Corazón de Hielo, the Spanish translation of Shakespeare´s Moon prelude Heart of Winter spent the weekend at Number One in the Amazon España Kindle charts. Free until Halloween, Corazón de Hielo debuted at 18 and raced up to number 5 by Saturday night. An early rally on Sunday morning brought top spot.
¡Gracias a todos – amigos, amigas, amigos de amigos!
Special thanks to Gemma de Premia for her translation, Jane Appleton for editing, Lpixel for the brilliant cover and Ana Gomez for overseeing the whole project.
A brand new Shakespeare´s Moon short story called PLAYFIGHT will be published in the next Dark Lane Anthology, due early 2018.
The story is about Miriam Alawi, a young Syrian girl at St Francis´ School, who finds she is a Writer. Miriam has suffered with the civil war in her own country and feels people at the school are not paying any attention to what is going on in her part of the world.
She decides to take action.
If you would like an exclusive read of PLAYFIGHT, send an email to firstname.lastname@example.org or visit James Hartley Books on Facebook to see how.
Many years ago I lived in London, on Belsize Road.
Most days, walking to the tube at Swiss Cottage, I would pass two homeless men who lived on a traffic roundabout. Sometimes they´d be asleep, sometimes awake, sometimes drinking, sometimes bleeding, sometimes together, sometimes separate.
Their island was nondescript, bare and may still be there. They were dishevelled and dirty, crimson-faced, bawling alky´s; smelly and broken, wild and lost, staggering and gesticulating between themselves. Occasionally they´d make the crossing from their island to the booze shop on one of the corners. Sometimes they might not make it back: we´d pass one or both lying on the kerb, star-shaped, shipwrecked.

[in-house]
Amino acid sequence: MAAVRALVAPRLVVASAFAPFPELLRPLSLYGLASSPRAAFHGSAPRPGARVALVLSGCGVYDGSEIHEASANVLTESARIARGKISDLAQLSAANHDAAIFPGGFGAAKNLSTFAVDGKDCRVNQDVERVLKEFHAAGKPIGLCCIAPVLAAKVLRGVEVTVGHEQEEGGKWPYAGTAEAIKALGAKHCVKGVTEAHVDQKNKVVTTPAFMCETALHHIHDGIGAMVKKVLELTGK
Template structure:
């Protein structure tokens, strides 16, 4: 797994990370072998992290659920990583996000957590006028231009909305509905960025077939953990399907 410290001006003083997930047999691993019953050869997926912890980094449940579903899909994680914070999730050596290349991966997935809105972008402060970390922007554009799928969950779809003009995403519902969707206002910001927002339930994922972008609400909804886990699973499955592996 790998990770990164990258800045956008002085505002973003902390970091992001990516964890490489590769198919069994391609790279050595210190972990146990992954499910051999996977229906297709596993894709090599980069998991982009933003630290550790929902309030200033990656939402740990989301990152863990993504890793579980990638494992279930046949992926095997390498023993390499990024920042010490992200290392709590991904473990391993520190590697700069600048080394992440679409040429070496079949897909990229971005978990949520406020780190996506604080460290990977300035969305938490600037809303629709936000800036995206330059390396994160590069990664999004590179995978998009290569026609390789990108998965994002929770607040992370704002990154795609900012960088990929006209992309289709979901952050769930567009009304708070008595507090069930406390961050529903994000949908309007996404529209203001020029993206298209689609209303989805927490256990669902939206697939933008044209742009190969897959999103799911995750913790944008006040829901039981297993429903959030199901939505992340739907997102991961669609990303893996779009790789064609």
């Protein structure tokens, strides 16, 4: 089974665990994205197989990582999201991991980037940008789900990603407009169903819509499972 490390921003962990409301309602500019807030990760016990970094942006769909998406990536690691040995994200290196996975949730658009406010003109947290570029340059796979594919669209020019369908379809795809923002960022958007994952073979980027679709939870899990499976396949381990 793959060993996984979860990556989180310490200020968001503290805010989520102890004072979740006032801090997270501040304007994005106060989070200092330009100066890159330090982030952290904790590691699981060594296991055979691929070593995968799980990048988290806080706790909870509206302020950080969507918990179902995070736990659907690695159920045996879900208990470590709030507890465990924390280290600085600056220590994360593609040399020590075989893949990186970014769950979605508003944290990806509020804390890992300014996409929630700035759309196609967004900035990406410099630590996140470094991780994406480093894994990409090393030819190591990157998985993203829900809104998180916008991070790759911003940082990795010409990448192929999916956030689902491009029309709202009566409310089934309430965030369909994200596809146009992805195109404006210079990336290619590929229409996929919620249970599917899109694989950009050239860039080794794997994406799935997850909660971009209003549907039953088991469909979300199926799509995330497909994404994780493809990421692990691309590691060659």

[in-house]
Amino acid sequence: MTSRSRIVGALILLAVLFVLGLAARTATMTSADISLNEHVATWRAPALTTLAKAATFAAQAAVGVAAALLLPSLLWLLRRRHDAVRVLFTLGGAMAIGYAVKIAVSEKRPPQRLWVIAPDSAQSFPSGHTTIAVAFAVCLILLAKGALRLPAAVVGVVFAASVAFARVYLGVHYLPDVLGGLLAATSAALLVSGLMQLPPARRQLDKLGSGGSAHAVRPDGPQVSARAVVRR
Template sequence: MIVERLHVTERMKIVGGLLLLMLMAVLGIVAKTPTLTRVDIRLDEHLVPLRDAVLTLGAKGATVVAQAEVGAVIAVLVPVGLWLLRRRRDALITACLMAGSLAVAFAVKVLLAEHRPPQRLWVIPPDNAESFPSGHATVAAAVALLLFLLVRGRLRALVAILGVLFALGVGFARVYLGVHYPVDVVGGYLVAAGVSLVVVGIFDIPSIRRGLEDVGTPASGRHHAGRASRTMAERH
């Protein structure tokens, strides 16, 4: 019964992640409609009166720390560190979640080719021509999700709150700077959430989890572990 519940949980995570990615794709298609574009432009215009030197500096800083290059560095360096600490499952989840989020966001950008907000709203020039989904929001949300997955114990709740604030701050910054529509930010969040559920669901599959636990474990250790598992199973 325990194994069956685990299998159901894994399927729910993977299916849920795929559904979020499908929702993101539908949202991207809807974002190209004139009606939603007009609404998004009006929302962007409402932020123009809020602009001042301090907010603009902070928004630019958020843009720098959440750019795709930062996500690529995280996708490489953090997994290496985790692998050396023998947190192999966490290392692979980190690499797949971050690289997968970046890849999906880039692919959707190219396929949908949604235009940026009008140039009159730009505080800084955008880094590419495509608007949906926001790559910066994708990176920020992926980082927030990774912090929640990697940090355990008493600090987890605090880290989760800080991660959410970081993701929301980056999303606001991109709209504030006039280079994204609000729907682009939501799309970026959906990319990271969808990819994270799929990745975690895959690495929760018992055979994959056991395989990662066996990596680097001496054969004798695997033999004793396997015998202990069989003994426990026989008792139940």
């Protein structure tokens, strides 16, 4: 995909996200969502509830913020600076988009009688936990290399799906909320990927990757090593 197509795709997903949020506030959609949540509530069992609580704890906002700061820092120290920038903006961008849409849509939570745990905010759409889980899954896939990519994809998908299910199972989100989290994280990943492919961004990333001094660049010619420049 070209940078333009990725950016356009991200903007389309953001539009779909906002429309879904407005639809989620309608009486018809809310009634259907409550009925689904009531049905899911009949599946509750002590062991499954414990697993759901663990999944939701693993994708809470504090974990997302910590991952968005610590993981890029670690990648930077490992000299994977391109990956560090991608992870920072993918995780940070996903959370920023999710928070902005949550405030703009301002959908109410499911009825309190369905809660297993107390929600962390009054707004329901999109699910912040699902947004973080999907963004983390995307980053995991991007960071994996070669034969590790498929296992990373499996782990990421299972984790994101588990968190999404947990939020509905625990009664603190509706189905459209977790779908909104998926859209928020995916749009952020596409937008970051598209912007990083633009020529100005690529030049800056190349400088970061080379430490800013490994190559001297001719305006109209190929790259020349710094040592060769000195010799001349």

Back then we would walk around them in a line, off to work like ants, following the pavement and filing up to the tube to be someone´s secretary. “Are they crazy or are we?” I used to think.
Those two Tennent´s Supermen intrigued me. Often, in the drizzly, grey London mornings, they´d be deep in conversation, oblivious to us wafting by in our suits, ties, heels, headphones and superior, scented aires.
They were sipping drinks. Looking out at the sea. Deep in conversation. Hugging. Brawling. Nodding.
Where were they? Were they really on a traffic island in the middle of London? Or were they on an island somewhere, alone, on the edge of a sea of champagne, listening to whiskey waves, where dog ends were fine cigars and the muddy grass pure white sand?
I never forgot them and finally wrote a script about them which the great people at Tiny Epics are in the process of turning into a film. This morning they sent me one of the Supermen – Saughall Massey – dapper, proud and completely oblivious to the cold, grey world passing by right around him. Just as he should be.